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Reply with quote  #10 
I have gorilla on a tubes wheelset. I use WTB tubeless tape on my three tubeless setups. What happens with the gorilla rims when spoke work has to be done? I had a road wheel re laced and the wtb tape came off clean and I have it a “just to be sure” wipe with varsol.
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HollyBoni

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Reply with quote  #11 
Quote:
Originally Posted by CC
The best LBS in my city, who specializes in MTBs, almost always use Gorilla, unless the customer specifies not to.

Go figure...


No offense, and i'm not trying to criticize your LBS, I just don't like this argument. Just because they do something at a shop it doesn't necessarily mean it's right. Bike mechanics are not gods. 

My first job ever was working as a full time bike mechanic actually... And i'm just a random dude who learned to wrench at home. 

(Also one of the reasons I quit was because I was forced to do shady stuff by the owner all the time to cut down on time, but of course that's not true for every shop.)
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Konass

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Reply with quote  #12 
Long story short is yes it works. If you are super cheap, if you are in a pinch, it might be the solution for you. But there are better options out there that are thinner, lighter, and come off cleaner. But they may cost a few bucks more. 
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drwelby

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Reply with quote  #13 
If your goal is to save money you can also buy bulk rolls of Scotch 8898 Strapping Tape. It's basically the same stuff as Stans. $6 for a 55m roll.
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oleritter

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Reply with quote  #14 
The Scotch is pretty good.  Tesa tape IMO is even better.  We've been using the 4288 Tesa tape on all of our wheels for about three years.  It is a 4 mil tape and we always use 2 layers.  We buy it in 3 different widths.  Problem is most places that sell the Tesa, or other tensilized polypropylene tapes, will only sell in cases.  Way more than even a wheel builder can use in a reasonable amount of time.  So we will sell off individual rolls.  Another local wheel builder/bike shop has picked up on this tape and is now asking for more.   IMG_20171228_142457701.jpg  IMG_20171228_142624006.jpg I, too am pretty skeptical about bike shops using Gorilla tape.  I seriously wonder if it is an economy thing.  To me it seems like Gorilla tape goes back to ghetto tubeless days.  I'm not saying it doesn't work, but I don't think it is reliable long term, and there are better ways now.  Duct tape doesn't belong on a bike!   IMG_20160523_125600095.jpg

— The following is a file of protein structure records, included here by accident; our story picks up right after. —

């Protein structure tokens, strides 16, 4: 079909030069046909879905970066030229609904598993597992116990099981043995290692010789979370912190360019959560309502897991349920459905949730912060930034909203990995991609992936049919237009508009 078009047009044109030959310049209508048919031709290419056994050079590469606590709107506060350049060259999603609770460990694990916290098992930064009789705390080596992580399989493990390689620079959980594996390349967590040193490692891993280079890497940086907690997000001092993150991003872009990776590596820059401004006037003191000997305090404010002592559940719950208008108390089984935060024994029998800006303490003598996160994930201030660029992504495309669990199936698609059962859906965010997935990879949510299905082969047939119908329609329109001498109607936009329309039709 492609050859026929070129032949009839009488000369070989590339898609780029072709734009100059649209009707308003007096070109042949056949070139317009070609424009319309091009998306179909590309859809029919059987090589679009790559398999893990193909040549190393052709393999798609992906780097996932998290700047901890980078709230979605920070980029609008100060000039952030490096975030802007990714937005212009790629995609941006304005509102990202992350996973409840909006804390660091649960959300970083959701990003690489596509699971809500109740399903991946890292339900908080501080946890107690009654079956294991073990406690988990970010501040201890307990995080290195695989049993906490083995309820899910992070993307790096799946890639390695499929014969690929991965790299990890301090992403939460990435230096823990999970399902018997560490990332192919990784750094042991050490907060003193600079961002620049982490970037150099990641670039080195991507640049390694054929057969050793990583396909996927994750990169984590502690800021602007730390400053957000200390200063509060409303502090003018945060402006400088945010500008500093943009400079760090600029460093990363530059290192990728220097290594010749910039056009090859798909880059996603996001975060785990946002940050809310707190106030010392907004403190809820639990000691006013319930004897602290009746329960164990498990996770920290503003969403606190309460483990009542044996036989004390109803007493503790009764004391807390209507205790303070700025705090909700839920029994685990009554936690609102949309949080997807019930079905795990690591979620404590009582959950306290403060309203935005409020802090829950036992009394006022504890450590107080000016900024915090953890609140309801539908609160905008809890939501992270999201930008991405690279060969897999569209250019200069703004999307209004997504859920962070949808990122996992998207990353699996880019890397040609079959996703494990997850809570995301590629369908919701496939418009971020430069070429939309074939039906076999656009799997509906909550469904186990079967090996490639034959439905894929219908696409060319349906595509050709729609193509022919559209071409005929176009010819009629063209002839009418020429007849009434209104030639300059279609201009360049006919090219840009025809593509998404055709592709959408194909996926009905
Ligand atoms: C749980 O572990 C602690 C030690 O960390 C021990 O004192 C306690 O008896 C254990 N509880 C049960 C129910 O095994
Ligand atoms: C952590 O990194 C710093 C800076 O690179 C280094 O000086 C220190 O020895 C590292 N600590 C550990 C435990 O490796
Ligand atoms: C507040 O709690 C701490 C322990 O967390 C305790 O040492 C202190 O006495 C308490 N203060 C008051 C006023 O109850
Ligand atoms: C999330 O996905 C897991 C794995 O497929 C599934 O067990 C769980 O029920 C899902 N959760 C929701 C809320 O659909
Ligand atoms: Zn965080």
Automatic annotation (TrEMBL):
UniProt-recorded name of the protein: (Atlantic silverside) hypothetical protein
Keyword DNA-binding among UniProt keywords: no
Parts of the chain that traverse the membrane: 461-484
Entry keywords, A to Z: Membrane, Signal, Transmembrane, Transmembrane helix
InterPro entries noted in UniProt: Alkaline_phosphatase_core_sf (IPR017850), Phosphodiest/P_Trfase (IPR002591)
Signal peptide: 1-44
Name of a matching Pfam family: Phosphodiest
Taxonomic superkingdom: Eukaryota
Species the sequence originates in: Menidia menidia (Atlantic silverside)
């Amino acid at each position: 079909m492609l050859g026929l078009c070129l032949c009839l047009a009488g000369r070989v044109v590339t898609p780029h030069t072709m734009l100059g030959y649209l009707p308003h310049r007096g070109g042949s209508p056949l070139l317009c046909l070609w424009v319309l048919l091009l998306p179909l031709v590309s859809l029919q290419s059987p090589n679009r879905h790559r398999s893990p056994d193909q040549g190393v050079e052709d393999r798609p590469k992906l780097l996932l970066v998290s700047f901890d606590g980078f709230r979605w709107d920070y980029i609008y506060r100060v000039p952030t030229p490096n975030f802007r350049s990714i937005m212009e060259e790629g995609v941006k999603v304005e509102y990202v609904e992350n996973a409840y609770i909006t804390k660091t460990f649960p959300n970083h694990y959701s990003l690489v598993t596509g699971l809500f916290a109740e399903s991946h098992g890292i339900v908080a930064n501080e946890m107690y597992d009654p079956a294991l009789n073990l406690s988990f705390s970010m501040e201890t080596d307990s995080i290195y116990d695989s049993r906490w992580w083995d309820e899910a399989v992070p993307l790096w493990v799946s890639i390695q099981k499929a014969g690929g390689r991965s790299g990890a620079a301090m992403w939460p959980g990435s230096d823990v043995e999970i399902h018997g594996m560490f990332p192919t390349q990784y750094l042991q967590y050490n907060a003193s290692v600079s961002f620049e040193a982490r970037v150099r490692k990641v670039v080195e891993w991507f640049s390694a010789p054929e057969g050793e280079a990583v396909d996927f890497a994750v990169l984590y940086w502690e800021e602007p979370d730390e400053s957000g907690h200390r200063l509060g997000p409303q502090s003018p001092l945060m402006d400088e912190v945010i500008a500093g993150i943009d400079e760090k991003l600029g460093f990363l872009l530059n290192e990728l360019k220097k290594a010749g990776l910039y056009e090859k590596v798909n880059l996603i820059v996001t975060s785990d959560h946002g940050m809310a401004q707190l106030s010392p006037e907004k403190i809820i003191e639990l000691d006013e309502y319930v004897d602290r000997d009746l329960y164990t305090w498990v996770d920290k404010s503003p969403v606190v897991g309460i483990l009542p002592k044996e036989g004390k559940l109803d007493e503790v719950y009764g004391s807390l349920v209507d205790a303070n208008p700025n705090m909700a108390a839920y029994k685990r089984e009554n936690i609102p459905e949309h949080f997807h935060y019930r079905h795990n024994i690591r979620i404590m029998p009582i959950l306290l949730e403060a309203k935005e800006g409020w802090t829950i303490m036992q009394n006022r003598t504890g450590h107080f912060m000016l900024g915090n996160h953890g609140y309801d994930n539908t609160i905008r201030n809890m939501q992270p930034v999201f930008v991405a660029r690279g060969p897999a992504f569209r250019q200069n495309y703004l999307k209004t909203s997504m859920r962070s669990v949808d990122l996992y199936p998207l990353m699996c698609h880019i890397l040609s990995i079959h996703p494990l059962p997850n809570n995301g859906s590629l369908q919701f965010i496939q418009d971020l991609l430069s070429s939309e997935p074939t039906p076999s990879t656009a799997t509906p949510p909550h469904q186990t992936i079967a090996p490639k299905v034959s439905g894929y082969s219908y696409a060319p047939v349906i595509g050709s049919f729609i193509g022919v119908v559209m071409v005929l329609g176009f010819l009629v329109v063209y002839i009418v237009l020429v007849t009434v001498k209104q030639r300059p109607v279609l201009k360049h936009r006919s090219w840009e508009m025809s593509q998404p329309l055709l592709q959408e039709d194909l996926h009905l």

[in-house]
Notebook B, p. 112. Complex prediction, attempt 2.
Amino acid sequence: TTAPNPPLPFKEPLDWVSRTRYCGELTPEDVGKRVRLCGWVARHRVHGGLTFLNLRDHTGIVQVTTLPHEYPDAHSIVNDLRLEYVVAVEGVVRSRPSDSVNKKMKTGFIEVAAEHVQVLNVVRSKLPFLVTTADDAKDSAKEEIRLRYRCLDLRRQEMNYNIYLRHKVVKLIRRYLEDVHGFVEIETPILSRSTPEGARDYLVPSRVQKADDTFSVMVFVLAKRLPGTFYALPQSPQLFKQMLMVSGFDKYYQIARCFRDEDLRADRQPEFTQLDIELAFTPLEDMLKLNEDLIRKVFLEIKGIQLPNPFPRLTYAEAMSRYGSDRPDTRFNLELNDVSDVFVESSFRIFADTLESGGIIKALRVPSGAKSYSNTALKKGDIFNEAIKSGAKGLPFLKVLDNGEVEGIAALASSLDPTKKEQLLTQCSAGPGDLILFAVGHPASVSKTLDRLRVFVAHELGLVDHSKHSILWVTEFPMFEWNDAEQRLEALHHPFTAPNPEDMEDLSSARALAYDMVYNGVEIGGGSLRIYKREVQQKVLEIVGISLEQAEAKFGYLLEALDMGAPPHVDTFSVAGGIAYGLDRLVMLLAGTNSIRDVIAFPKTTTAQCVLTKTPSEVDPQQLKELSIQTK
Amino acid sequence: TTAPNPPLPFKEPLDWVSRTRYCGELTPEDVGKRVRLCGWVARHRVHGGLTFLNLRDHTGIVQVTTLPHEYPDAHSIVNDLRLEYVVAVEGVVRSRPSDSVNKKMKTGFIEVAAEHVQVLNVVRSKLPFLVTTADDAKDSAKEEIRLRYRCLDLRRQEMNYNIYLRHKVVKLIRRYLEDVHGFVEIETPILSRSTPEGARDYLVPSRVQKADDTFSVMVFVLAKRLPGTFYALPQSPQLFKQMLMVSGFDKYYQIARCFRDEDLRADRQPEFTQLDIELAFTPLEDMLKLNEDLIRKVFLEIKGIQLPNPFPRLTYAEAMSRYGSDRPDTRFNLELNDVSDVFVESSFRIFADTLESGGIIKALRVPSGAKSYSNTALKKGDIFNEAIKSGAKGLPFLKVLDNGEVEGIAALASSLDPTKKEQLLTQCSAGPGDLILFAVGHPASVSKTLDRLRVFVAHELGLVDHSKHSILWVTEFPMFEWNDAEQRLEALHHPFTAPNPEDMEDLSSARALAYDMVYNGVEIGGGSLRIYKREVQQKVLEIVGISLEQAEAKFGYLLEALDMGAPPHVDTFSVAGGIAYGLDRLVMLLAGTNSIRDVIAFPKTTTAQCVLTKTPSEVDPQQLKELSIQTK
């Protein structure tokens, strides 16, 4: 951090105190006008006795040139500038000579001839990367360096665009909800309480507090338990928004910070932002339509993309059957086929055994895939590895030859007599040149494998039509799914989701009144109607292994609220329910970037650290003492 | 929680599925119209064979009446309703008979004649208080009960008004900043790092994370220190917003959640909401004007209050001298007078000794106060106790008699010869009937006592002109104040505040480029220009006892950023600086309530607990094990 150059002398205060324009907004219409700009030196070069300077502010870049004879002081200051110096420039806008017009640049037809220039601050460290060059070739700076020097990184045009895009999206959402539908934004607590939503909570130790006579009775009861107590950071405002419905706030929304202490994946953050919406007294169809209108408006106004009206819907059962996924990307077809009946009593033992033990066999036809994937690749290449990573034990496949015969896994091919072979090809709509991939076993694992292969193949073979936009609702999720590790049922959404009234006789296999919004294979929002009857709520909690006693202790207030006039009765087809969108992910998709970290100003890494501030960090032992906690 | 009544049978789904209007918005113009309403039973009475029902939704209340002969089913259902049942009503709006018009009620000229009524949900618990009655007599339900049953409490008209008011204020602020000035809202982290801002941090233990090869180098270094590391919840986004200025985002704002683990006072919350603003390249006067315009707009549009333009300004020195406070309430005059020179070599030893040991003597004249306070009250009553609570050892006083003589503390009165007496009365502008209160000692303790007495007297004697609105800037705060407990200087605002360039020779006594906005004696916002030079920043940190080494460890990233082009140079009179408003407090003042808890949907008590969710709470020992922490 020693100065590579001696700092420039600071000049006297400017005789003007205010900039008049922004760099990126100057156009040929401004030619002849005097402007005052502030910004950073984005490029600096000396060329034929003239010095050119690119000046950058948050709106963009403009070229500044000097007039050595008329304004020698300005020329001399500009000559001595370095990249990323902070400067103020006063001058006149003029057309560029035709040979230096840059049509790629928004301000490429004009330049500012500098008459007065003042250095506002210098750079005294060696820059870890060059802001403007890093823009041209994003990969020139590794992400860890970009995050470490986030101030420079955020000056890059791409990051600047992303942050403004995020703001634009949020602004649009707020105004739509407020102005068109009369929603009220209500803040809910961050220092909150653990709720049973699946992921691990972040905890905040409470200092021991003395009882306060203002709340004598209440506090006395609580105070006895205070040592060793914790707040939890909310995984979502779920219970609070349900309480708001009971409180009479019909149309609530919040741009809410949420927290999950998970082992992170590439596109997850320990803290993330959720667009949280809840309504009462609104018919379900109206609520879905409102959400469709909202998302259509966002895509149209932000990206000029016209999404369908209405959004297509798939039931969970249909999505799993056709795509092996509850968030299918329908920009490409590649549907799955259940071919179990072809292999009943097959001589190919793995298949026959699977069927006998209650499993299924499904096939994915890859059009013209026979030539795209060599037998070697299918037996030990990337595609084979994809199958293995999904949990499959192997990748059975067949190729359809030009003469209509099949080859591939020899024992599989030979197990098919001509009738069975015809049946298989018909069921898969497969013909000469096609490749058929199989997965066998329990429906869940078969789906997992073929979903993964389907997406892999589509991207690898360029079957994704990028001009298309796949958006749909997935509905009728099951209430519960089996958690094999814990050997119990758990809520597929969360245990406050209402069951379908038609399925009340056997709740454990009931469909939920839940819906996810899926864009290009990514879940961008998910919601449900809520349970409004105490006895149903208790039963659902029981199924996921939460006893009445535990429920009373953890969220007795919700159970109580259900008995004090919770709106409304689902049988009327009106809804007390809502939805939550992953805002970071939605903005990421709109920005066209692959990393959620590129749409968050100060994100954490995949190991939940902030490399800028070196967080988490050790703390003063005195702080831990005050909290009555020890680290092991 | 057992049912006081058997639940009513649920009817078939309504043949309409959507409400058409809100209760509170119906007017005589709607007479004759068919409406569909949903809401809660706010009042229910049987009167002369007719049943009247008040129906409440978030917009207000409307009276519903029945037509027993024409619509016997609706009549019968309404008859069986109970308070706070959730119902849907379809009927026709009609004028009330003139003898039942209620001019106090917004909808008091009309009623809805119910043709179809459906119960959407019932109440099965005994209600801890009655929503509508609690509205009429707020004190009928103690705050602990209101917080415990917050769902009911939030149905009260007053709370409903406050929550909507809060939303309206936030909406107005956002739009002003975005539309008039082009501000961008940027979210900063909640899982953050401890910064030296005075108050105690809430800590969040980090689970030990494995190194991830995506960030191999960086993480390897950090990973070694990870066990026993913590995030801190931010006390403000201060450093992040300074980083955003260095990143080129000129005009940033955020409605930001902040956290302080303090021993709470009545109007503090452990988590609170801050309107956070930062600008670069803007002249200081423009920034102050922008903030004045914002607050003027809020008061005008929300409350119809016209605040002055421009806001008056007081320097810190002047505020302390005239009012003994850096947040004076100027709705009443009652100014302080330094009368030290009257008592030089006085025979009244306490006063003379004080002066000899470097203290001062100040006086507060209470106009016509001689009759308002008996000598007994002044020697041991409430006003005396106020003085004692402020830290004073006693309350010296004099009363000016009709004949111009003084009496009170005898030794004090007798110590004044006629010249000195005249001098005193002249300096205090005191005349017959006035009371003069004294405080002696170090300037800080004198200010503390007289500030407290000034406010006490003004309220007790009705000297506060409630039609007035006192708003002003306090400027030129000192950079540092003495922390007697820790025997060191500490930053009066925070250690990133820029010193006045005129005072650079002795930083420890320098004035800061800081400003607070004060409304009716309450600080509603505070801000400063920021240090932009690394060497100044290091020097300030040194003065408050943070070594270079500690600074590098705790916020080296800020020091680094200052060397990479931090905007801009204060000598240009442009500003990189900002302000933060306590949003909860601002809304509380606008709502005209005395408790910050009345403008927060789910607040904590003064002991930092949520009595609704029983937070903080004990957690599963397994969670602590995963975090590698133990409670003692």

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dangle

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Reply with quote  #15 
Quote:
Originally Posted by drwelby
If your goal is to save money you can also buy bulk rolls of Scotch 8898 Strapping Tape. It's basically the same stuff as Stans. $6 for a 55m roll.


I'm with oleritter on this one. While I use 8896/8898 pretty often due to the price, it's not the same as Stan's or Tesa. Tesa is such a pain to buy in the USA though.

Out of curiousity I did one of my mt bike wheels with Stans two years ago and one with 8896. Same tires and sealant. I pulled the tires off this spring and the Stans still looked new. The 8896 was still holding air perfectly, but the end of the tape was coming up a bit and you could tell sealant was getting into the adhesive. That tape came up super easy when I replaced a spoke. I left the Stans tape on the front wheel.

Oleritter, I would totally buy some 24/25 mm Tesa tape if you're selling it.
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oleritter

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Reply with quote  #16 
Quote:
Originally Posted by dangle


I'm with oleritter on this one. While I use 8896/8898 pretty often due to the price, it's not the same as Stan's or Tesa. Tesa is such a pain to buy in the USA though.

Out of curiousity I did one of my mt bike wheels with Stans two years ago and one with 8896. Same tires and sealant. I pulled the tires off this spring and the Stans still looked new. The 8896 was still holding air perfectly, but the end of the tape was coming up a bit and you could tell sealant was getting into the adhesive. That tape came up super easy when I replaced a spoke. I left the Stans tape on the front wheel.

Oleritter, I would totally buy some 24/25 mm Tesa tape if you're selling it.


This was exactly my experience.  I also saw the Scotch tape lifting and sealant migrating underneath.  I never saw a failure as a result.  The Tesa seems to stick and stay stuck.  Good cleaning and prep work and application technique I think is important, too.